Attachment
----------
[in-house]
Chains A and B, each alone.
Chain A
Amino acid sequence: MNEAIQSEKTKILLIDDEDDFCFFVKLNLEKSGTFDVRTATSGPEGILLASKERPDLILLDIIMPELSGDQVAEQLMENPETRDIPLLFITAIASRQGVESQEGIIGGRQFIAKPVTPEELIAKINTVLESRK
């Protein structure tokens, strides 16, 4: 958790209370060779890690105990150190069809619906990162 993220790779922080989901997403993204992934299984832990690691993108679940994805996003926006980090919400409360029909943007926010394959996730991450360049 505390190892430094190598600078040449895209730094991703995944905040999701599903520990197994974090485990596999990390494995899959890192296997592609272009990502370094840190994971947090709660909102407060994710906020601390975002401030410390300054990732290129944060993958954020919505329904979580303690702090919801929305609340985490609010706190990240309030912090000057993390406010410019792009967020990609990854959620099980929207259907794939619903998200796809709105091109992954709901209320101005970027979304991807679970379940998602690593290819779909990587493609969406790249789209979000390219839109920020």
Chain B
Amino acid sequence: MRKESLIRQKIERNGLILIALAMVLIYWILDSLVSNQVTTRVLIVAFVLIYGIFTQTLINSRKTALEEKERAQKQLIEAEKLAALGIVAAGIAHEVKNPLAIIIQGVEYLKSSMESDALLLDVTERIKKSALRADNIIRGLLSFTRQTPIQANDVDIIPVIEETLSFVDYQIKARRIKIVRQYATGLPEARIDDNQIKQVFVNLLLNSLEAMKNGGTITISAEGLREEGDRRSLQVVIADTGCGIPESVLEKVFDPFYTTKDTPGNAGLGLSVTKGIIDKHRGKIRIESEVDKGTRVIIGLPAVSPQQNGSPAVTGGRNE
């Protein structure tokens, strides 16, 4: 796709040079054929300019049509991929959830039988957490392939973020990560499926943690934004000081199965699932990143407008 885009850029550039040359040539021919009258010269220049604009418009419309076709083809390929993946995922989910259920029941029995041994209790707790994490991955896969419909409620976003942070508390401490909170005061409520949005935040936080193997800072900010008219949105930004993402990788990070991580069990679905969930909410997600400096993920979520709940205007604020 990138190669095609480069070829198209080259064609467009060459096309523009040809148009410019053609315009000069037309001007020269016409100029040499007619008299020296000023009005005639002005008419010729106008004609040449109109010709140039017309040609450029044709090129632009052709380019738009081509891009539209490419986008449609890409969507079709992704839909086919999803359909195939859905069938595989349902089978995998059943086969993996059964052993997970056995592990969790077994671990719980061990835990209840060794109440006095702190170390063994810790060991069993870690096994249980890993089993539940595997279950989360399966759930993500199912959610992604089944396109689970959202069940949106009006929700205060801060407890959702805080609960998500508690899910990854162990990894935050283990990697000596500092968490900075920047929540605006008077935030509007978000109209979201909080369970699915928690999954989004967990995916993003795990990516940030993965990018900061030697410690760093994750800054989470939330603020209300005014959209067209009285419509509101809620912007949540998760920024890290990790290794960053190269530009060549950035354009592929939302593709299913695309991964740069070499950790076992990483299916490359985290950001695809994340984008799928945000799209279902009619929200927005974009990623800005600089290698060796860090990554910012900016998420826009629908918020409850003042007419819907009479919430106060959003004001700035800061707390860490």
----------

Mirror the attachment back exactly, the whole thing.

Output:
[in-house]
Chains A and B, each alone.
Chain A
Amino acid sequence: MNEAIQSEKTKILLIDDEDDFCFFVKLNLEKSGTFDVRTATSGPEGILLASKERPDLILLDIIMPELSGDQVAEQLMENPETRDIPLLFITAIASRQGVESQEGIIGGRQFIAKPVTPEELIAKINTVLESRK
């Protein structure tokens, strides 16, 4: 958790209370060779890690105990150190069809619906990162 993220790779922080989901997403993204992934299984832990690691993108679940994805996003926006980090919400409360029909943007926010394959996730991450360049 505390190892430094190598600078040449895209730094991703995944905040999701599903520990197994974090485990596999990390494995899959890192296997592609272009990502370094840190994971947090709660909102407060994710906020601390975002401030410390300054990732290129944060993958954020919505329904979580303690702090919801929305609340985490609010706190990240309030912090000057993390406010410019792009967020990609990854959620099980929207259907794939619903998200796809709105091109992954709901209320101005970027979304991807679970379940998602690593290819779909990587493609969406790249789209979000390219839109920020």
Chain B
Amino acid sequence: MRKESLIRQKIERNGLILIALAMVLIYWILDSLVSNQVTTRVLIVAFVLIYGIFTQTLINSRKTALEEKERAQKQLIEAEKLAALGIVAAGIAHEVKNPLAIIIQGVEYLKSSMESDALLLDVTERIKKSALRADNIIRGLLSFTRQTPIQANDVDIIPVIEETLSFVDYQIKARRIKIVRQYATGLPEARIDDNQIKQVFVNLLLNSLEAMKNGGTITISAEGLREEGDRRSLQVVIADTGCGIPESVLEKVFDPFYTTKDTPGNAGLGLSVTKGIIDKHRGKIRIESEVDKGTRVIIGLPAVSPQQNGSPAVTGGRNE
């Protein structure tokens, strides 16, 4: 796709040079054929300019049509991929959830039988957490392939973020990560499926943690934004000081199965699932990143407008 885009850029550039040359040539021919009258010269220049604009418009419309076709083809390929993946995922989910259920029941029995041994209790707790994490991955896969419909409620976003942070508390401490909170005061409520949005935040936080193997800072900010008219949105930004993402990788990070991580069990679905969930909410997600400096993920979520709940205007604020 990138190669095609480069070829198209080259064609467009060459096309523009040809148009410019053609315009000069037309001007020269016409100029040499007619008299020296000023009005005639002005008419010729106008004609040449109109010709140039017309040609450029044709090129632009052709380019738009081509891009539209490419986008449609890409969507079709992704839909086919999803359909195939859905069938595989349902089978995998059943086969993996059964052993997970056995592990969790077994671990719980061990835990209840060794109440006095702190170390063994810790060991069993870690096994249980890993089993539940595997279950989360399966759930993500199912959610992604089944396109689970959202069940949106009006929700205060801060407890959702805080609960998500508690899910990854162990990894935050283990990697000596500092968490900075920047929540605006008077935030509007978000109209979201909080369970699915928690999954989004967990995916993003795990990516940030993965990018900061030697410690760093994750800054989470939330603020209300005014959209067209009285419509509101809620912007949540998760920024890290990790290794960053190269530009060549950035354009592929939302593709299913695309991964740069070499950790076992990483299916490359985290950001695809994340984008799928945000799209279902009619929200927005974009990623800005600089290698060796860090990554910012900016998420826009629908918020409850003042007419819907009479919430106060959003004001700035800061707390860490």